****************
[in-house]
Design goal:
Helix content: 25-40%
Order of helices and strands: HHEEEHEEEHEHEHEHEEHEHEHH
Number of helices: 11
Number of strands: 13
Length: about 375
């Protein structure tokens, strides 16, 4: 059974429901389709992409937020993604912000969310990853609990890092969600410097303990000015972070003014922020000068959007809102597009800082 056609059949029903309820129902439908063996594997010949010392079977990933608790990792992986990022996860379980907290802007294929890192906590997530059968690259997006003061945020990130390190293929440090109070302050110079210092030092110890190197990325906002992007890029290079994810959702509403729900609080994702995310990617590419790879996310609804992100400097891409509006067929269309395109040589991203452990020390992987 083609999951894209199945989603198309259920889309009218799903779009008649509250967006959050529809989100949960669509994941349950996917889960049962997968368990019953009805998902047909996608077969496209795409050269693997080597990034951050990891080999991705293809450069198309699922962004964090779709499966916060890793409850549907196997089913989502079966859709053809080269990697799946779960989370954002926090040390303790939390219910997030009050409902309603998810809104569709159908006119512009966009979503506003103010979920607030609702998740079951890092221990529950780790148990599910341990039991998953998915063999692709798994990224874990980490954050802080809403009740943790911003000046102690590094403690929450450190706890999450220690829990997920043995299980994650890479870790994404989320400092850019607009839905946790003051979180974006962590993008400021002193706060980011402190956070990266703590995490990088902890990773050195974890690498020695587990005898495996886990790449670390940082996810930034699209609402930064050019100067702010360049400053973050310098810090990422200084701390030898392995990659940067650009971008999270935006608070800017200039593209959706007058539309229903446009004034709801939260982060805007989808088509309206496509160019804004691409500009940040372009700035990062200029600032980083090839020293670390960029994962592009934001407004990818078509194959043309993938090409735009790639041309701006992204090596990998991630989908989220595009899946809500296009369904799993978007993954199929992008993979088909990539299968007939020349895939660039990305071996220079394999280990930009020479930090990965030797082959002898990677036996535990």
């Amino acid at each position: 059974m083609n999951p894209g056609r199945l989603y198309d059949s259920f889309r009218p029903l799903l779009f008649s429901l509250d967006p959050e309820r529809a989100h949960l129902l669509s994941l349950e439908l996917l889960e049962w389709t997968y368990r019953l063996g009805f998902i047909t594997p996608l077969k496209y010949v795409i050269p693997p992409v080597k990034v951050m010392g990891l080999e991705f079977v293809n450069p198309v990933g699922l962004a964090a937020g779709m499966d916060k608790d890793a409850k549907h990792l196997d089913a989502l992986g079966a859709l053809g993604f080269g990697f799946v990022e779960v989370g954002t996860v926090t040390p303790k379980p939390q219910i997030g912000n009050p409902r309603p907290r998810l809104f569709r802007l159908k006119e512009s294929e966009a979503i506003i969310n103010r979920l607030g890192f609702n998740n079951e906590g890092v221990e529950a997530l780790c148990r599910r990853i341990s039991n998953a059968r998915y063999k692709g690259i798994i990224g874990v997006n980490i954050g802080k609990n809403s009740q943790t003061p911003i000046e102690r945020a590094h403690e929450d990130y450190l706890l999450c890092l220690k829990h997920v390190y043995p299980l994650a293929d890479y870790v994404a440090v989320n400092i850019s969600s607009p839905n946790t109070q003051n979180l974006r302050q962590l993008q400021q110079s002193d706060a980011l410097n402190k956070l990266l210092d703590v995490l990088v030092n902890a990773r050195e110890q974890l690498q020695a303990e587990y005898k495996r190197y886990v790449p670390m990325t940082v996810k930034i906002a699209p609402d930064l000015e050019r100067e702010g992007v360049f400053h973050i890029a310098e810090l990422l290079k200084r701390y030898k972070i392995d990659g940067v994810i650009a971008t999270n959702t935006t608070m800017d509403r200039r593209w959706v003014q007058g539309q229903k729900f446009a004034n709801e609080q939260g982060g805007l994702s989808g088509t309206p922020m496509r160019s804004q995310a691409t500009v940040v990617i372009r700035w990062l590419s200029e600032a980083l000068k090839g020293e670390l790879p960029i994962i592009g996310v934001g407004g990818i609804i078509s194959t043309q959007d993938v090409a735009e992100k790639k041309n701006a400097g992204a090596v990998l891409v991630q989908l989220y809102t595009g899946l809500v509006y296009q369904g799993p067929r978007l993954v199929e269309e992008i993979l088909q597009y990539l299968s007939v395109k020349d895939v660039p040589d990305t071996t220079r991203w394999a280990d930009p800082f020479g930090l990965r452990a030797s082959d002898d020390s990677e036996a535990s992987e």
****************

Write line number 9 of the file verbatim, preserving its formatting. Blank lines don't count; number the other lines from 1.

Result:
């Amino acid at each position: 059974m083609n999951p894209g056609r199945l989603y198309d059949s259920f889309r009218p029903l799903l779009f008649s429901l509250d967006p959050e309820r529809a989100h949960l129902l669509s994941l349950e439908l996917l889960e049962w389709t997968y368990r019953l063996g009805f998902i047909t594997p996608l077969k496209y010949v795409i050269p693997p992409v080597k990034v951050m010392g990891l080999e991705f079977v293809n450069p198309v990933g699922l962004a964090a937020g779709m499966d916060k608790d890793a409850k549907h990792l196997d089913a989502l992986g079966a859709l053809g993604f080269g990697f799946v990022e779960v989370g954002t996860v926090t040390p303790k379980p939390q219910i997030g912000n009050p409902r309603p907290r998810l809104f569709r802007l159908k006119e512009s294929e966009a979503i506003i969310n103010r979920l607030g890192f609702n998740n079951e906590g890092v221990e529950a997530l780790c148990r599910r990853i341990s039991n998953a059968r998915y063999k692709g690259i798994i990224g874990v997006n980490i954050g802080k609990n809403s009740q943790t003061p911003i000046e102690r945020a590094h403690e929450d990130y450190l706890l999450c890092l220690k829990h997920v390190y043995p299980l994650a293929d890479y870790v994404a440090v989320n400092i850019s969600s607009p839905n946790t109070q003051n979180l974006r302050q962590l993008q400021q110079s002193d706060a980011l410097n402190k956070l990266l210092d703590v995490l990088v030092n902890a990773r050195e110890q974890l690498q020695a303990e587990y005898k495996r190197y886990v790449p670390m990325t940082v996810k930034i906002a699209p609402d930064l000015e050019r100067e702010g992007v360049f400053h973050i890029a310098e810090l990422l290079k200084r701390y030898k972070i392995d990659g940067v994810i650009a971008t999270n959702t935006t608070m800017d509403r200039r593209w959706v003014q007058g539309q229903k729900f446009a004034n709801e609080q939260g982060g805007l994702s989808g088509t309206p922020m496509r160019s804004q995310a691409t500009v940040v990617i372009r700035w990062l590419s200029e600032a980083l000068k090839g020293e670390l790879p960029i994962i592009g996310v934001g407004g990818i609804i078509s194959t043309q959007d993938v090409a735009e992100k790639k041309n701006a400097g992204a090596v990998l891409v991630q989908l989220y809102t595009g899946l809500v509006y296009q369904g799993p067929r978007l993954v199929e269309e992008i993979l088909q597009y990539l299968s007939v395109k020349d895939v660039p040589d990305t071996t220079r991203w394999a280990d930009p800082f020479g930090l990965r452990a030797s082959d002898d020390s990677e036996a535990s992987e």